Monday, October 28, 2013

Code Switching

Switching from a "normal" (casual) writing or speaking style to a domain-specific style is known as "code-switching" by researchers, scholars, and educators. We practice code-switching when we change our language patterns as we shift from talking to lovers, to friends, to parents, to coworkers, to bosses, to clients…. Each audience expects a different style. Sometimes, we mistakenly over-compensate when we switch to a formal style, and this results in using either an unexpected code or awkwardly mimicking a code we haven't mastered.

We advise students to write more formally than they speak. We repeat this every year of their educational experiences. Many of the best students take this admonishment to be "more formal" to the extreme and over-compensate. The results include verbosity, misused "impressive" words, and strained prose. Yet, this prose receives good grades and praise, and students internalize the idea that inflated language corresponds to being "smart." Standardized tests reinforce odd writing, too.

Sadly, many academics — having been good students — cling to this stilted, artificial code. Reading some academic journals brings both tears and laughter. Not all academics are oblivious to this problem, but even those of us aware that the language has inflated to absurdity acquiesce to the trend because we also want to be taken seriously by our peers. We dare not be heretics.

When an impressive vocabulary represents the authentic you, as it did for William F. Buckley, Jr., William Safire, or H. L. Mencken, the written form seems natural to readers. (We might debate if Buckley seemed authentic or pretentious, but how he wrote paralleled how he spoke, even to friends.) Thankfully, most of us do not speak in a manner requiring our friends and colleagues consult dictionaries.

Academic writing is not business writing. Business writing is not casual writing.

Mastering code-switching requires effort. Though I argue that academics should move closer to business and technical writing, that seems unlikely in the immediate future. Students should learn academic patterns, for the sakes of their grades, and business patterns, for their careers. Yes, one uniform United States "formal English" would be nice.

Even within academic disciplines and business fields, there are distinct codes. Complicating this further, codes vary by context. And we wonder why writing confounds students?

Business writing is legal writing. When a company or organization becomes involved in any regulatory or legal action, documents become part of discovery. That legal standing leads business writing experts to encourage a style that reduces legal risk. If a reader might misunderstand a document, that creates a legal risk. Bryan Garner is a lawyer and a writing scholar. He teaches students to think like lawyers when writing. How would a judge, jury, regulator, or committee misunderstand what is written?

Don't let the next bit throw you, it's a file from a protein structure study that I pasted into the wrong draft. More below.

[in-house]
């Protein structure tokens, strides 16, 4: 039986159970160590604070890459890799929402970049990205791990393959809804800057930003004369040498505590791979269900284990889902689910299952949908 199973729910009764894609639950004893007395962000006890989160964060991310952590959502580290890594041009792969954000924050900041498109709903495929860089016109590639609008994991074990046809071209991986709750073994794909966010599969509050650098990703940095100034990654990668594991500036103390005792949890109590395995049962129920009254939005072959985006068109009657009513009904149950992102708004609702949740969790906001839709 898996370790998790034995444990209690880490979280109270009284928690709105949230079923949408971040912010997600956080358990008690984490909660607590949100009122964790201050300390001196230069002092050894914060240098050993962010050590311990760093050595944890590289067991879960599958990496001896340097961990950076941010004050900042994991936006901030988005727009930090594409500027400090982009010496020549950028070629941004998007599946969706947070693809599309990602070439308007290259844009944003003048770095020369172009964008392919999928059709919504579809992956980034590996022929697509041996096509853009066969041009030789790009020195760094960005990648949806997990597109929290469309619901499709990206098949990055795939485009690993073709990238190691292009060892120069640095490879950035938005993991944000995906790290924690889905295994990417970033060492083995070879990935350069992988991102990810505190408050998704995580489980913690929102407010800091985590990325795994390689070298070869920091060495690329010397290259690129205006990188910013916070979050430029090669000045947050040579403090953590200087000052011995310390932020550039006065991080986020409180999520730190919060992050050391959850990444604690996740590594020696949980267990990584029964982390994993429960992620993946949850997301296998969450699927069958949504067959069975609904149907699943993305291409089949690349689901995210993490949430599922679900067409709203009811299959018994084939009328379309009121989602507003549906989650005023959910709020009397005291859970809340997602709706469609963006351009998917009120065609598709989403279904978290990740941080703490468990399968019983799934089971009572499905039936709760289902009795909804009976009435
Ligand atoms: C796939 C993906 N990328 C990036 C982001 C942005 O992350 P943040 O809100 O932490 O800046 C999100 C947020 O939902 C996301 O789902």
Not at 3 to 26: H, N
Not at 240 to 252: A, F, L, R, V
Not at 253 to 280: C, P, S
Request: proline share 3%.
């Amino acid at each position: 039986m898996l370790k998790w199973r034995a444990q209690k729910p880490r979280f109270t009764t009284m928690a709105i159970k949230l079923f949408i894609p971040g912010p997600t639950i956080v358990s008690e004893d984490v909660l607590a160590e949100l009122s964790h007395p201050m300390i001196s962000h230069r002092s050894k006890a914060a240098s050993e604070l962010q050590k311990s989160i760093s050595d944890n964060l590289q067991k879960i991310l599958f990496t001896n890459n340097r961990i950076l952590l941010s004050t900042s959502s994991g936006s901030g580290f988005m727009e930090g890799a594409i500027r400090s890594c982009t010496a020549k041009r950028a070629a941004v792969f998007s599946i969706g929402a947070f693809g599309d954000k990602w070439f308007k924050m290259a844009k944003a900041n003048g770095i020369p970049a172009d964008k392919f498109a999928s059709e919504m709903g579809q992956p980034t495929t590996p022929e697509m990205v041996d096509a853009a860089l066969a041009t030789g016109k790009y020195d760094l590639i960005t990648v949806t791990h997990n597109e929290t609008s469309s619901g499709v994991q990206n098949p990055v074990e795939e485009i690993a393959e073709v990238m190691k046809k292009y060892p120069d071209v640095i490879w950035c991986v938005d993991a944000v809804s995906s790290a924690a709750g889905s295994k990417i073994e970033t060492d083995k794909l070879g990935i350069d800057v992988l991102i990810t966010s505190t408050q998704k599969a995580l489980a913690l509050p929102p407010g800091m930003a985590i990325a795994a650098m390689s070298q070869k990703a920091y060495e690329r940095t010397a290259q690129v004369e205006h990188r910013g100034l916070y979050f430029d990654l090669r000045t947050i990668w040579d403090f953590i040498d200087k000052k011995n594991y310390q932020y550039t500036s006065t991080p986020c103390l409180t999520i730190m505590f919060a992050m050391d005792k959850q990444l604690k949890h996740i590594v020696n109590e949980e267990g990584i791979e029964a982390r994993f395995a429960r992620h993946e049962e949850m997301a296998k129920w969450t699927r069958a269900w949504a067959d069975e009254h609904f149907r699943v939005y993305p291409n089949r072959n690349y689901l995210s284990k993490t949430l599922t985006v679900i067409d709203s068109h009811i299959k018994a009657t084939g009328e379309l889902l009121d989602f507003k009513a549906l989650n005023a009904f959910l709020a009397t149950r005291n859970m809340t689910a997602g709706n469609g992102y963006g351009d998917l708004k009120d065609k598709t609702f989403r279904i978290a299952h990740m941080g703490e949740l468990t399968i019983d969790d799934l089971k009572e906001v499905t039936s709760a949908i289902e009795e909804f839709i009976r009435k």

Academics address writings to other academics. Business writers address many audiences, including the potential audience of lawyers. That reality dictates a different linguistic code. Added to this is the reality that business writing addresses external audiences (clients) without expertise. Clarity becomes imperative.
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1 comment:

  1. This is an interesting discussion. Yes, code-switching is important for many of us to learn. However, regardless of the "code" being used, I think the overarching principle should be simplicity. The best advice on writing that I ever received came from my technical-writing professor way back in college. This is basically how she put it:

    "Many years ago, I used to use big, impressive words in my writing, and tried to write profoundly and with great complexity. And guess what? Nobody paid any attention to what I wrote. Then one day I tried something different. I started writing like a sixth-grader--using simple words instead of complex ones, and stating my points plainly and directly. Guess what happened? Everybody started paying attention."

    So, her advice was--in general--to write like a sixth-grader. I think she hit the nail on the head. Of course, you do have to use good judgment and common sense, so at times you'll have to make some exceptions to this general principle. But this was definitely the best writing advice I've ever received. Too bad my professor passed away in the late '90s at the young age of 48 from stomach cancer. But I think she would be pleased to know that one of her students is still sharing the wonderful advice she gave us.

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